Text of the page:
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Milling around in circles again...

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  • Milling around in circles again...

    Been playing with several different ideas for a small mill - gave up on the idea of the old vertical mostly because of the weight...8*(

    Specifically, I'm thinking of an adaptation of a speare drill press I have in my shop for light-duty work. In replacing the bearings in the present quill, I find I'm going to be restricted to a shaft size of 3/4" or so without reboring the casting for a new quill - and that gets into the realm of not-worth-the-effort.

    My question is this - to take a reasonably sized collet (R8) I'm thinking of putting a larger-diameter spindle nose on a piece of 3/4 grund machinery tubing . Seems to me that I could shrink fit that on, then true it up as an assembly. Bore to proper size, then finish it up actually in the mill to ensure it's running true.

    Drawbar would then close collet from the back - that's pretty well a no-brainer.

    COmments on the concept of the spindle nose being an add-on? I don;t want to hog down a 1.5" bar to 3/4" for the shaft... WAY too much work.

    ajr

  • #2
    3/4 is too small for an R8 collet that has a .950 shank dia, Check here for collet dims.
    http://www.cox-internet.com/drspiff/...Collets.htm#ER
    and a drill press is a very poor substitute for a milling machine. Milling machines need rigidity from side to side, a drill press has none. There are a number of machines out there that weigh less that 8000 lbs. Many of them are bench top models and some come with a cabinet for storage of tooling.
    Check of MSCdirect.com for an idea of what to look for.

    ------------------
    Paul G.

    [This message has been edited by Paul Gauthier (edited 02-02-2005).]
    Paul G.

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    • #3
      By "finish it in the mill" I assume you mean the drill press converted into a mill? How do you plan to grind or bore the "spindle adapter" to the proper dimensions for an R-8 collet once it is installed to have it run true? Unless the castings and the drill press itself are heavy and rugged, ANY attempt at a conversion into a mill may not be worth the effort, regardless of how "light duty" you intend it to be, IMO. There are features on a mill that will be of benefit that you may not have on the drill press. Depth stops, quill lock, table locks, etc. Unless the drill press has one already, you will need an x/y axis table also. My opinion FWIW, if you need/want a mill, save your resources, persue obtaining one.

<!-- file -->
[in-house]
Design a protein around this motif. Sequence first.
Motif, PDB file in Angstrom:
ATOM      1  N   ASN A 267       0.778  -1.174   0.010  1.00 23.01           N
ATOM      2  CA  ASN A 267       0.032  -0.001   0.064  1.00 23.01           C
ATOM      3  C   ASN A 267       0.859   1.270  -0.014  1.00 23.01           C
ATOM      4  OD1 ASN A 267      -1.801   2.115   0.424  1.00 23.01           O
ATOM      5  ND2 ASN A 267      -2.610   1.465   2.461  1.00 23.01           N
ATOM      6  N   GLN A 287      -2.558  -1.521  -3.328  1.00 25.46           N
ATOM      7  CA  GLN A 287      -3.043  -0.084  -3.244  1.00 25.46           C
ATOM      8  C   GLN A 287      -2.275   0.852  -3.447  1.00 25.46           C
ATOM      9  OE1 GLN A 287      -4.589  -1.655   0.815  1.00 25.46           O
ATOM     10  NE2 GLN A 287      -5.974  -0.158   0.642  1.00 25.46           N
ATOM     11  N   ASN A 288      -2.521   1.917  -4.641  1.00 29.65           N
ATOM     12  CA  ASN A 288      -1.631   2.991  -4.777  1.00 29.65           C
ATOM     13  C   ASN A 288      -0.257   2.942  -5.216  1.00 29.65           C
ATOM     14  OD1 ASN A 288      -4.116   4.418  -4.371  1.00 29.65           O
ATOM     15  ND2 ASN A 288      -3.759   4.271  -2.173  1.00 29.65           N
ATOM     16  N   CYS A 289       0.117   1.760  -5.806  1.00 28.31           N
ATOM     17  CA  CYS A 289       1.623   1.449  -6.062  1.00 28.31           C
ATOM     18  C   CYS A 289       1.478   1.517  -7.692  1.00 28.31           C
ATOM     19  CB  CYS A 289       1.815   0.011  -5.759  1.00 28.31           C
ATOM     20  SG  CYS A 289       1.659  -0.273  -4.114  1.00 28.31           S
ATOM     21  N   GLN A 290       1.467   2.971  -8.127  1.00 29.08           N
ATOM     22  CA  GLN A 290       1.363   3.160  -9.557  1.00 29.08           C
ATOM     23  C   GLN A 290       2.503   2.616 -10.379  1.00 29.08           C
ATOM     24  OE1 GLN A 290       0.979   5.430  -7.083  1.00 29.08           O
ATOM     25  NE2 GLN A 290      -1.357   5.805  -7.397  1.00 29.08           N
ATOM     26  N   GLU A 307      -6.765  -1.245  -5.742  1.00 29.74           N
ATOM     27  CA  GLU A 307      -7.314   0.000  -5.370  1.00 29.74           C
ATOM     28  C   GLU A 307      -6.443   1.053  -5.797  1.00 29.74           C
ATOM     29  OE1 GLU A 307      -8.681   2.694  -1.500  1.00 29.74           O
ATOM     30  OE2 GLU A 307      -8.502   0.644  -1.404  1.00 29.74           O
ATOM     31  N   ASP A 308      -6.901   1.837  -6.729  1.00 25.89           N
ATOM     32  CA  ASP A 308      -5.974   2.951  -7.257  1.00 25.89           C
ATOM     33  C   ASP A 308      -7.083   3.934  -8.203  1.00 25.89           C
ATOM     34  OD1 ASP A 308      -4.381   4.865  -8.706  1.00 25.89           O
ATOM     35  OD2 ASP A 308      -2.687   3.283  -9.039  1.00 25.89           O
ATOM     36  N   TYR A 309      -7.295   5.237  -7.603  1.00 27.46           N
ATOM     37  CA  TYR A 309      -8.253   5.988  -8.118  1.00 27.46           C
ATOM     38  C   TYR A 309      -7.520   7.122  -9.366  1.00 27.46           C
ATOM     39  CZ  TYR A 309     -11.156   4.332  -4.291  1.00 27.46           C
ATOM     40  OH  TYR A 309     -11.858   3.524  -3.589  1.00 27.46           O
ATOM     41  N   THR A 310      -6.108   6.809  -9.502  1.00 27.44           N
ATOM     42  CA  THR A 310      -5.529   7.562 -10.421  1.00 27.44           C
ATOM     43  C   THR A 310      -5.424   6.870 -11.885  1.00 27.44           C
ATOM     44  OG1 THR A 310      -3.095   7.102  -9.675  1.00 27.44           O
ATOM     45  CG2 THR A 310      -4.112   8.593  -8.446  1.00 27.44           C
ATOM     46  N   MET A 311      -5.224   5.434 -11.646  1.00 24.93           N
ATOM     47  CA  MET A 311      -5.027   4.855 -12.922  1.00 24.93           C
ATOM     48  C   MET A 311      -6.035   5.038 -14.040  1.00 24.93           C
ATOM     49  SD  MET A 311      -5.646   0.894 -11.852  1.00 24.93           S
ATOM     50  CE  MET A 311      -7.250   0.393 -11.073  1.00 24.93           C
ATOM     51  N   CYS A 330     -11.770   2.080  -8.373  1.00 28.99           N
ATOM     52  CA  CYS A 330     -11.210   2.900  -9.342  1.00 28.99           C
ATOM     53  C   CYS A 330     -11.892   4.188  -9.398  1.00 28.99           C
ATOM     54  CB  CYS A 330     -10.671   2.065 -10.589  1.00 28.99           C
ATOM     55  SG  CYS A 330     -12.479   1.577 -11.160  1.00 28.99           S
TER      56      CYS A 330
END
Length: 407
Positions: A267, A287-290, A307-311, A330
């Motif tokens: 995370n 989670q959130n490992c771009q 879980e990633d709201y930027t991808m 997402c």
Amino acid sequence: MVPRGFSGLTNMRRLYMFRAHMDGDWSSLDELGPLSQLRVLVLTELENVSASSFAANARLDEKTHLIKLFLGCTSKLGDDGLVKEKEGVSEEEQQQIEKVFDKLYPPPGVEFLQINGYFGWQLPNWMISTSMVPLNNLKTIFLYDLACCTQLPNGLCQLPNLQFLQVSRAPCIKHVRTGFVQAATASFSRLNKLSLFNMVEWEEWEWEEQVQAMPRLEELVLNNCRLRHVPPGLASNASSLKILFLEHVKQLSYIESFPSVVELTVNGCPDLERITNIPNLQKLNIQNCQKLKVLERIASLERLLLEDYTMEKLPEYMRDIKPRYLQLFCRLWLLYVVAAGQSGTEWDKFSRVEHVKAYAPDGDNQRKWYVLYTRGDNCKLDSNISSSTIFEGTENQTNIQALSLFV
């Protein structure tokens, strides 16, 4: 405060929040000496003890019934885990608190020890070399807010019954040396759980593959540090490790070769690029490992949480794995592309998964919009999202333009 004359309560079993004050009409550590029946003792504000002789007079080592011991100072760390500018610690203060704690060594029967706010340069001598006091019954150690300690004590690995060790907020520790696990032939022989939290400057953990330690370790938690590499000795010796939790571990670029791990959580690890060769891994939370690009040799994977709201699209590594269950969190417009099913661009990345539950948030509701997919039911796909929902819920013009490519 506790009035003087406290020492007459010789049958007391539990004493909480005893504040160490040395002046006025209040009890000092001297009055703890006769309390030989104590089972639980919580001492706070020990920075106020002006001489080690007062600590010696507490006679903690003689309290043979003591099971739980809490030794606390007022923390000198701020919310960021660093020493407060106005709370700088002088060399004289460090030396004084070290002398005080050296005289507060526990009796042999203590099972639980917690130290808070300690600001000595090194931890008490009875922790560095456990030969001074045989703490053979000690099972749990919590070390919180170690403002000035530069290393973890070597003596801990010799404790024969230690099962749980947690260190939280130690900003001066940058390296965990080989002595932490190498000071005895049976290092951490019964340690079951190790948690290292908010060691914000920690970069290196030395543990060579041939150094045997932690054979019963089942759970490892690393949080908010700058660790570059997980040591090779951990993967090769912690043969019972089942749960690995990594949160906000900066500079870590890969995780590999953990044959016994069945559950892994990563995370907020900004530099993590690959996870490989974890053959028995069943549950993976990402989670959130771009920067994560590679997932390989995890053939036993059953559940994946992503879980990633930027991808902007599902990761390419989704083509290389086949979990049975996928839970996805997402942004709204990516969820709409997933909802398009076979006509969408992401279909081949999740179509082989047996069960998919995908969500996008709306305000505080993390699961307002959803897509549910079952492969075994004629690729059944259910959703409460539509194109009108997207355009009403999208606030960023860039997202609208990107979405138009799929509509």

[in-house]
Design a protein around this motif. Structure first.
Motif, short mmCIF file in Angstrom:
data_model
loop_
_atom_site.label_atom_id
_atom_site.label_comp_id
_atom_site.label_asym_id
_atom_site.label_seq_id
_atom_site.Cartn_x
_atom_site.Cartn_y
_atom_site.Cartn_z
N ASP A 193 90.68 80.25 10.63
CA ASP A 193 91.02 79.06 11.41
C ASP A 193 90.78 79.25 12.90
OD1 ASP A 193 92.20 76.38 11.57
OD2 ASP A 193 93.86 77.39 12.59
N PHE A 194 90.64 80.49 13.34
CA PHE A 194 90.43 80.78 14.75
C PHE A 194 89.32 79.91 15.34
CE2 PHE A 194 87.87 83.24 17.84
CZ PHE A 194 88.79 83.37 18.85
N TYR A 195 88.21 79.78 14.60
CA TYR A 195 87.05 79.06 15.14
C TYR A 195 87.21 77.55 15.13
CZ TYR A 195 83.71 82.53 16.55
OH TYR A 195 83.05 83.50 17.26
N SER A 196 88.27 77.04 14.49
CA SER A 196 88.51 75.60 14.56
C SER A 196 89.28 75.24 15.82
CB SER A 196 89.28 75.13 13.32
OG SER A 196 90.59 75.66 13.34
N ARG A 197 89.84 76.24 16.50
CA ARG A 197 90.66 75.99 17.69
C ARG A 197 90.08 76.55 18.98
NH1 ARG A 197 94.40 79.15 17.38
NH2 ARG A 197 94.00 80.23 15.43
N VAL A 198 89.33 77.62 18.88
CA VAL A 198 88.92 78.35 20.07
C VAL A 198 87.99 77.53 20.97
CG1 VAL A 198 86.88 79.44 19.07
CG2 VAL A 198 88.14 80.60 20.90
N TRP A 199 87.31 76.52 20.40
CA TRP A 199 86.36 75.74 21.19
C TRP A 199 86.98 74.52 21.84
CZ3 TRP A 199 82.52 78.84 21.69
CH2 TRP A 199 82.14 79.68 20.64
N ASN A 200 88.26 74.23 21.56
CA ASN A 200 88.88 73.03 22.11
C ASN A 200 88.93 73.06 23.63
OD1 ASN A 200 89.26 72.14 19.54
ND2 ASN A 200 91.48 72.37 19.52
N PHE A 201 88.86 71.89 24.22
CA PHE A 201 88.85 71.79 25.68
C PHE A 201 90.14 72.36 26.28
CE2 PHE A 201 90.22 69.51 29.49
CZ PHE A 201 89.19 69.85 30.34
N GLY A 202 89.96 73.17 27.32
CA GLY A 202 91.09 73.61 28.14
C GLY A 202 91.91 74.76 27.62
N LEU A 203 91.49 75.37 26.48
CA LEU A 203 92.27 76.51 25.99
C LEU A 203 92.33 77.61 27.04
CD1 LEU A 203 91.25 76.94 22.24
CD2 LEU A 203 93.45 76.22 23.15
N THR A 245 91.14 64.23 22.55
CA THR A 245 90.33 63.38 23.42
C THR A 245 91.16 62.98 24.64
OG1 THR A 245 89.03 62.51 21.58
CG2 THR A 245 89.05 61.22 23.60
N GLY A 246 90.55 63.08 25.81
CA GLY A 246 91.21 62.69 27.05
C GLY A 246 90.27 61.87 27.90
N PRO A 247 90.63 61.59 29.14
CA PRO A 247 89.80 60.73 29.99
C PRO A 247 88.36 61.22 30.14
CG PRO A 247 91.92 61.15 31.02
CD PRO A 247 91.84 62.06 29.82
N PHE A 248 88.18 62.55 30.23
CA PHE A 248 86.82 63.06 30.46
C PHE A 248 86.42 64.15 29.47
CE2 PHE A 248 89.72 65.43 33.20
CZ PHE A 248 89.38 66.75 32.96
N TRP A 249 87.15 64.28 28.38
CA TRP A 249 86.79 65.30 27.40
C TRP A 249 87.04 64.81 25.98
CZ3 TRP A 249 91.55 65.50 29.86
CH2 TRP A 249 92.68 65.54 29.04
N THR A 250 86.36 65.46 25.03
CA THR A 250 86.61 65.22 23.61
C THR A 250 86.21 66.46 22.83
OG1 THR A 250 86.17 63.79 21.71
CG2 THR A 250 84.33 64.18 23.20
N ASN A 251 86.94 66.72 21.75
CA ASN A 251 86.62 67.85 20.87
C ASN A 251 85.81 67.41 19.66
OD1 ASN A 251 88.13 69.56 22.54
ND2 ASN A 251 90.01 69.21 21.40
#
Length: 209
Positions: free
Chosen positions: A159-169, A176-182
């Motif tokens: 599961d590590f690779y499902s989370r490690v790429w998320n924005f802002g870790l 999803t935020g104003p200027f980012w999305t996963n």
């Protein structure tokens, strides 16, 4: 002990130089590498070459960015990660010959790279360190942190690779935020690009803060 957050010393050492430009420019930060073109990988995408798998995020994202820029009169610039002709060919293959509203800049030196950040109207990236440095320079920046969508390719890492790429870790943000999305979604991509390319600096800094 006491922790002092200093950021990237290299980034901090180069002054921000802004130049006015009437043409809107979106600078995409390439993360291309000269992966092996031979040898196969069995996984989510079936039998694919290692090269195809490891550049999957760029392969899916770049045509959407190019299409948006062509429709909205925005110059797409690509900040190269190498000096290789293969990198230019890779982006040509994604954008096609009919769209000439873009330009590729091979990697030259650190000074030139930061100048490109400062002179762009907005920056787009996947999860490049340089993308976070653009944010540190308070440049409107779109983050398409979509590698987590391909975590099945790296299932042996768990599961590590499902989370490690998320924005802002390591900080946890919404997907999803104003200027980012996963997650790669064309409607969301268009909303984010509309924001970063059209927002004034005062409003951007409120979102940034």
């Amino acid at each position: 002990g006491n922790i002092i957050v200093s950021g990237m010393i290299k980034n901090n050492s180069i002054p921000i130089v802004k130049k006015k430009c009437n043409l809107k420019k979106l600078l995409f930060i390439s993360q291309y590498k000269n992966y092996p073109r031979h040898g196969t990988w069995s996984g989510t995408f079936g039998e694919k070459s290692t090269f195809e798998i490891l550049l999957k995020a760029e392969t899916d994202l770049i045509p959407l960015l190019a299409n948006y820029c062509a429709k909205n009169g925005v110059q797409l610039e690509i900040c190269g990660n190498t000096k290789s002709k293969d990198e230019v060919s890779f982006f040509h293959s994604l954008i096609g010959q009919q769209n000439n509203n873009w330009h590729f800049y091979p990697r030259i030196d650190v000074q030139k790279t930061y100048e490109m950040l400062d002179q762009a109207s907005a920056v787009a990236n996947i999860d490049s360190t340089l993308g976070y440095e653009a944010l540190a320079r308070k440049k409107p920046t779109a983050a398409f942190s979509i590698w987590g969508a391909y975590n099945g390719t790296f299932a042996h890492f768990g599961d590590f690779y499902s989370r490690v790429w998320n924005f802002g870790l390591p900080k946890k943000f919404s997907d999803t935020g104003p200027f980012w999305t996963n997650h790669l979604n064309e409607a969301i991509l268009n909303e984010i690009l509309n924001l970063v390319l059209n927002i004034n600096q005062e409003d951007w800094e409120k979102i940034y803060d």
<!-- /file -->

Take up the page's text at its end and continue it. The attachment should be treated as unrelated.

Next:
[This message has been edited by ERBenoit (edited 02-02-2005).]
      Paying Attention Is Not That Expensive.

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      • #4
        TO be honest, this thing has most of the features in question already. It's sn ancient Atlas press - lots more CI in this thing than in any of the import mill drills.

        I misspoke using the R8 designation - there is a smaller collet size thart would suit but I don't have the designation of it offhand.

        Having seen an Edgar Westbury design for a light vertical mill that is much like what I'm imagining I think this would be worth the effort of at least thought experimenting it out.

        BTW, I'm not an idiot, of course I'm changing the quill bearings for something suitable...SKF makes a very nice dual-row angular contact ball bearing that is a good fit for this application.

        ajr

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        • #5
          mrchurchhill,
          This is a photo (poor quality) of the quill lock that I made for a small import drill press so that I could use it for light milling. I couldn't take more than a .010" cut (1/4" endmill) with it because the spindle shaft was so thin that it would flex. It may give you some ideas for the quill lock on your project. The drill press that you have will work if anything will. Hope this helps. Have fun with this project.

          To invent, you need a good imagination - and a pile of junk. Thomas A. Edison

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          • #6
            THanks, George!

            There's a quill lock already built into the castings - quite a beefy thing. Essentially it's two sliding bevels pinched by a pinch bolt which locks the quill in its bore.

            The change this is going to need is a method to raise and lower the head on the column - I'm eliminating the sliding table completely because that simply wouldn't be rigid enough.

            I'm going to end up milling the casting for a rack and pinion drive and a pair of gibs - this will prevent rotation of the head to the column and give me gross vertical adjustment, with fine adjustment to be from a worm gear setup on the quill pinion.

            This ought to be entertaining...8*)

            ajr

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